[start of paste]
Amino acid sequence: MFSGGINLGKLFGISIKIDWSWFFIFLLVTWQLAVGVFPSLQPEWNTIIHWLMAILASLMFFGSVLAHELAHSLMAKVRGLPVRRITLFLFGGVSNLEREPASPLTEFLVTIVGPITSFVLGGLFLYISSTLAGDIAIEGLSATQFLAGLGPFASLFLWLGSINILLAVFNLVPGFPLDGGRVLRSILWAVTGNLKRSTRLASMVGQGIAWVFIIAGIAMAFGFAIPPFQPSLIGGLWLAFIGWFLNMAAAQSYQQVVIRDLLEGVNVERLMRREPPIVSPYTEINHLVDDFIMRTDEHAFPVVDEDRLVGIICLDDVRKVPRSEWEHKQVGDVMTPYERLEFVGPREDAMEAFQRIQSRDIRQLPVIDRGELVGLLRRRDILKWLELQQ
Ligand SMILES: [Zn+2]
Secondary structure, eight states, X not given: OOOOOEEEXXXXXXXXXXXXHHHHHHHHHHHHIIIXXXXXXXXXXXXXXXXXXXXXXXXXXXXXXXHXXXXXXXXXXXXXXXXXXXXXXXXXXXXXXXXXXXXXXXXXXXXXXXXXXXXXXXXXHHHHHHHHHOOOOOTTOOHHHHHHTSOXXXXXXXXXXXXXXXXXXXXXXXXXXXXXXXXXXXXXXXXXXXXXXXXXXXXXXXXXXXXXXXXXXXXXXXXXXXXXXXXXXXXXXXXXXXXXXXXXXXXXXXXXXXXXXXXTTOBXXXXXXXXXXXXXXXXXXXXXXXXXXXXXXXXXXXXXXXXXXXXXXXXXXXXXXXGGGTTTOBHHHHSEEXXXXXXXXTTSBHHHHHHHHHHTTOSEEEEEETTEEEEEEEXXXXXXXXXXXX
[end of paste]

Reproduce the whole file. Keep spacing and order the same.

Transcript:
Amino acid sequence: MFSGGINLGKLFGISIKIDWSWFFIFLLVTWQLAVGVFPSLQPEWNTIIHWLMAILASLMFFGSVLAHELAHSLMAKVRGLPVRRITLFLFGGVSNLEREPASPLTEFLVTIVGPITSFVLGGLFLYISSTLAGDIAIEGLSATQFLAGLGPFASLFLWLGSINILLAVFNLVPGFPLDGGRVLRSILWAVTGNLKRSTRLASMVGQGIAWVFIIAGIAMAFGFAIPPFQPSLIGGLWLAFIGWFLNMAAAQSYQQVVIRDLLEGVNVERLMRREPPIVSPYTEINHLVDDFIMRTDEHAFPVVDEDRLVGIICLDDVRKVPRSEWEHKQVGDVMTPYERLEFVGPREDAMEAFQRIQSRDIRQLPVIDRGELVGLLRRRDILKWLELQQ
Ligand SMILES: [Zn+2]
Secondary structure, eight states, X not given: OOOOOEEEXXXXXXXXXXXXHHHHHHHHHHHHIIIXXXXXXXXXXXXXXXXXXXXXXXXXXXXXXXHXXXXXXXXXXXXXXXXXXXXXXXXXXXXXXXXXXXXXXXXXXXXXXXXXXXXXXXXXHHHHHHHHHOOOOOTTOOHHHHHHTSOXXXXXXXXXXXXXXXXXXXXXXXXXXXXXXXXXXXXXXXXXXXXXXXXXXXXXXXXXXXXXXXXXXXXXXXXXXXXXXXXXXXXXXXXXXXXXXXXXXXXXXXXXXXXXXXXTTOBXXXXXXXXXXXXXXXXXXXXXXXXXXXXXXXXXXXXXXXXXXXXXXXXXXXXXXXGGGTTTOBHHHHSEEXXXXXXXXTTSBHHHHHHHHHHTTOSEEEEEETTEEEEEEEXXXXXXXXXXXX